having an industry sponsored group, with which largely I agree, I             
 also respect Renee Murray's observation that you need a much                  
 stronger capital base underpinning this thing for it to be assured            
 of success."                                                                  
 MR. BLOCK explained the second major point is that there is still             
 failures to reach equity with the other insurance type of                     
 mechanisms.  For example, they did put in the premium tax which is            
 a progressive step given this new guarantee association, but they             
 took portions of it back by saying they get a credit for 50 percent           
 of their assessment to the guarantee association.                             
 An unidentified speaker indicated that was taken out.                         
 MR. BLOCK apologized for not seeing the latest version.  He said              
 there are also numerous technical problems and it is a non-workable           
 type of plan.  Mr. Block stated the points by the Labor Union and             
 Mr. Wisdom in that there is desirability in having a mechanism                
 where people of common interest or common industry can come                   
 together and provide loss control and an economic incentive to work           
 together is an allottable one and it has worked successfully in               
 Alaska with several groups.                                                   
 Number 2088                                                                   
 REPRESENTATIVE RYAN said, "I understand that presently (indisc.)              
 companies do this kind of work have a pool, neither wet or day, for           
 someone who can't perform (indisc.) bankruptcy.  And they will then           
 cover all the claims and assess themselves later to cover the cost            
 of the expenses and to bring this pool back up to where it's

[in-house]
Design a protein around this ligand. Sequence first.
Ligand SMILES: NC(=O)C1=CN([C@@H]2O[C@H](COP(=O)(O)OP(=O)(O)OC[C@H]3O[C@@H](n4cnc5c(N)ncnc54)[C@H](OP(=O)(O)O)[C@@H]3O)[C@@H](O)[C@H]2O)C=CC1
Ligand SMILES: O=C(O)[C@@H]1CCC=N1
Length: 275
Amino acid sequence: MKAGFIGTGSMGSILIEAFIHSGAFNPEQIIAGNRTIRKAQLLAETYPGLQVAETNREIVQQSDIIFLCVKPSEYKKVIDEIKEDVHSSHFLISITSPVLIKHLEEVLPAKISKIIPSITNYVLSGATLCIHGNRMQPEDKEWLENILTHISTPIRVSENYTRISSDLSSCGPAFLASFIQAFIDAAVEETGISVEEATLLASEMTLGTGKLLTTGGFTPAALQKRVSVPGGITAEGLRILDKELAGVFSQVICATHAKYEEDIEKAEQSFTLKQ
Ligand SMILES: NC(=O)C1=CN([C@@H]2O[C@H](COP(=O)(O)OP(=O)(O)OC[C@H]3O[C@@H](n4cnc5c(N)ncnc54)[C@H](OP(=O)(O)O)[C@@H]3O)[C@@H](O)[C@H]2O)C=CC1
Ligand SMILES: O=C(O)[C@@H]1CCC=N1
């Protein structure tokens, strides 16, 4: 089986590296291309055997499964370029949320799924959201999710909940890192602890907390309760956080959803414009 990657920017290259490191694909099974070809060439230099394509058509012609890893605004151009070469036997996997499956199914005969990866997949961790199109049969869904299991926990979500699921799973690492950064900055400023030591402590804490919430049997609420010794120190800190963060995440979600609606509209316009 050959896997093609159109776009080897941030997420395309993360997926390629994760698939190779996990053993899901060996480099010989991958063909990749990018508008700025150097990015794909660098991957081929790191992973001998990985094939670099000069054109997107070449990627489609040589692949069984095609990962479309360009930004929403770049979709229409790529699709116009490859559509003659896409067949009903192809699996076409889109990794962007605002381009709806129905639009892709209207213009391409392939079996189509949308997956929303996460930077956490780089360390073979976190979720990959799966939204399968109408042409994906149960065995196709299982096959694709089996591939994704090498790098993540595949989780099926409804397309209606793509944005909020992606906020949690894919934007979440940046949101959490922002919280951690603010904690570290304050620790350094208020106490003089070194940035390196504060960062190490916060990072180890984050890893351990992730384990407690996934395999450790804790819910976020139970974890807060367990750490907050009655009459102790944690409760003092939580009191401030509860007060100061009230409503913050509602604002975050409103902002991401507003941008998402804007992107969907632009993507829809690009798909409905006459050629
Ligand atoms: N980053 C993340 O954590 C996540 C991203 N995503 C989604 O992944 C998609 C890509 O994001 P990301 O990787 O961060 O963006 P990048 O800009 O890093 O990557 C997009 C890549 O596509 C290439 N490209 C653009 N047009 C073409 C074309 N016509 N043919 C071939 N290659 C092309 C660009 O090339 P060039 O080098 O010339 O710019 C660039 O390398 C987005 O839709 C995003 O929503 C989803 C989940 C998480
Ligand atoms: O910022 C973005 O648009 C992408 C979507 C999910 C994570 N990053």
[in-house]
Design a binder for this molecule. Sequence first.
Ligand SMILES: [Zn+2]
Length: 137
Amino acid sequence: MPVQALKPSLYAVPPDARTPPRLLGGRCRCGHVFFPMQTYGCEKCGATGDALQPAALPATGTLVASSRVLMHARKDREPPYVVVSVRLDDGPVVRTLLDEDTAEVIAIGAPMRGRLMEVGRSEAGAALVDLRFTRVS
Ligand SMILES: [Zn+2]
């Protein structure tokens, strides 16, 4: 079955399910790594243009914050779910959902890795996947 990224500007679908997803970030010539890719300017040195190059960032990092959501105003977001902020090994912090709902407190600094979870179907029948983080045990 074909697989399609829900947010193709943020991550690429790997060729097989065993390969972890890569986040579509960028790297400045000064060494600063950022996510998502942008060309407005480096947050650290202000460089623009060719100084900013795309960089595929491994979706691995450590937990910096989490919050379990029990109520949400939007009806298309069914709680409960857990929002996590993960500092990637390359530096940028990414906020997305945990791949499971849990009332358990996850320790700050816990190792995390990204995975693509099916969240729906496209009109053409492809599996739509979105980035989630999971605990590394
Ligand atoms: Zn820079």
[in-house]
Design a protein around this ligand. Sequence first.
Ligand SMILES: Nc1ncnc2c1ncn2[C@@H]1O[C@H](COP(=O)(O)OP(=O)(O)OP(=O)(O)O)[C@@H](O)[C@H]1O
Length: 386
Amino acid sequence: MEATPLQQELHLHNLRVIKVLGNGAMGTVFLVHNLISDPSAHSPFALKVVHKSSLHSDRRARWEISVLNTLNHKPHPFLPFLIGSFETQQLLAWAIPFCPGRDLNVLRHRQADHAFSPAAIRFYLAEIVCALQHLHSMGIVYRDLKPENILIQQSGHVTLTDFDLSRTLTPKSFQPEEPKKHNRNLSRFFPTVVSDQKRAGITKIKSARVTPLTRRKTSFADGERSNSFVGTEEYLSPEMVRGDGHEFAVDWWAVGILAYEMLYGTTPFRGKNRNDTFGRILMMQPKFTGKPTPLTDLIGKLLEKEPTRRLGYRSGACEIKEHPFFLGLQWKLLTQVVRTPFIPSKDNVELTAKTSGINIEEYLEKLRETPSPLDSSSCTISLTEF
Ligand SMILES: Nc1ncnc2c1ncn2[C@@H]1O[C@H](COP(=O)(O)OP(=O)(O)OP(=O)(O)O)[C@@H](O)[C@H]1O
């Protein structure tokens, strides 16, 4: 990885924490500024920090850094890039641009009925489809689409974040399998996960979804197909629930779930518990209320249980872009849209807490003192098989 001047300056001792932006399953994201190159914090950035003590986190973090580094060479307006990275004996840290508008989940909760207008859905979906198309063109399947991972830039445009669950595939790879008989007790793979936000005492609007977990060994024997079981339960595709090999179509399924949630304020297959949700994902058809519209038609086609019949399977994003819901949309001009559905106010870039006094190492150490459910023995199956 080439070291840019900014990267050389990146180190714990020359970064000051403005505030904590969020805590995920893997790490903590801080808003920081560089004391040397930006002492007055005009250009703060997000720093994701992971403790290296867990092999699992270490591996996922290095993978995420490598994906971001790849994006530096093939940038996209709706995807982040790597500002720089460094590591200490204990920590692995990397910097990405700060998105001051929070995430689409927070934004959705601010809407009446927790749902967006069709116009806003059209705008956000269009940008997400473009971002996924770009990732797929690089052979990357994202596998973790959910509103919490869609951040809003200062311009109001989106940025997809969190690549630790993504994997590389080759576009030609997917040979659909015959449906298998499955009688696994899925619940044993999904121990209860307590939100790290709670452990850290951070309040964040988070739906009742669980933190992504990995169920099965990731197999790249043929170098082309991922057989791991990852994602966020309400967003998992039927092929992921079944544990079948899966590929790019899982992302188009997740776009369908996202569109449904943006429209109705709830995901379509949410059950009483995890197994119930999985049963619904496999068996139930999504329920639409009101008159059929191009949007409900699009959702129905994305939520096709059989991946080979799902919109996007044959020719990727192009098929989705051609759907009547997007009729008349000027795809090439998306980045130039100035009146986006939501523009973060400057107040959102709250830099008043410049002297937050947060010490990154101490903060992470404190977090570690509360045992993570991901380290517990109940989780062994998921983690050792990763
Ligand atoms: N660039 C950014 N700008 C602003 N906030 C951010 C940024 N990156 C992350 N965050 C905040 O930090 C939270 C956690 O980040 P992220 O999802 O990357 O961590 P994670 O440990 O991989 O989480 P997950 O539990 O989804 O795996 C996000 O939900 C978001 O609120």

supposed to be.  Is there any provision here for participation for            
 that kind of pooling?"                                                        
 MR. BLOCK said Representative Ryan is referring to the Property and           
 Casualty Guarantee Association.  He said the way that operates is             
 if a property or casualty insurance carrier should become insolvent           
 and unable to pay its claims then the Guarantee Association is                
 activated.  It is activated by assessing all other property and               
 casualty insurers to pay the net loss in claims that is left by the           
 defaulting insurance company.  Mr. Block referred to the question             
 of is there a mechanism in the bill and said apparently what has              
 been done is a guarantee association has been created made up of              
 self insurance groups such as what the homebuilders would                     
 establish.  He said it would be hard for him to understand what               
 happens if it is the homebuilders that go insolvent and there are             
 no other groups formed.  There would be no place to go for                    
 assessment.  Mr. Block noted the Guarantee Association covers all             
 property and casualty insurers including workers' compensation                
 Number 2229                                                                   
 REPRESENTATIVE KUBINA asked Mr. Block whether he is correct in that           
 he represents Alaska National Insurance Company.                              
 MR. BLOCK indicated that is correct.                                          
 REPRESENTATIVE KUBINA said one thing that has been portrayed to him           
 is that Alaska National Insurance Company is quite a monopoly in              
 Alaska as far as workers' compensation.  He said, "We either have             
 to get insurance through you or you rewrite the insurance."                   
 MR. BLOCK responded that he has heard that statement was made.  He            
 said he would set the record straight.  "Alaska National Insurance            
 Company is an important market in this state.  Since its formation            
 in 1980, has provided a stable and growing underwriting presence              
 for workers' compensation as well as other lines.  Right now, other           
 than the special interest insurance companies such as the timber              
 exchange and ERIKA (ph.), and I think those are the only two, are             
 in the Municipal League's Group.  We are the only Alaskan based               
 insurance company writing workers' compensation, we are not the               
 only carrier, but the only carrier that is dependent upon a book of           
 Alaska business for our success.  So we've always been here and               
 always provided a market."                                                    
 MR. BLOCK continued, "On the other hand, we are subject to                    
 competing for business with all the other carriers that do come up            
 to this state and there are numerous other companies that come here           
 including the industrial indemnity, which has been a market for us            
 for years.  Nationwide is moving up as a group.  INA or Cigna has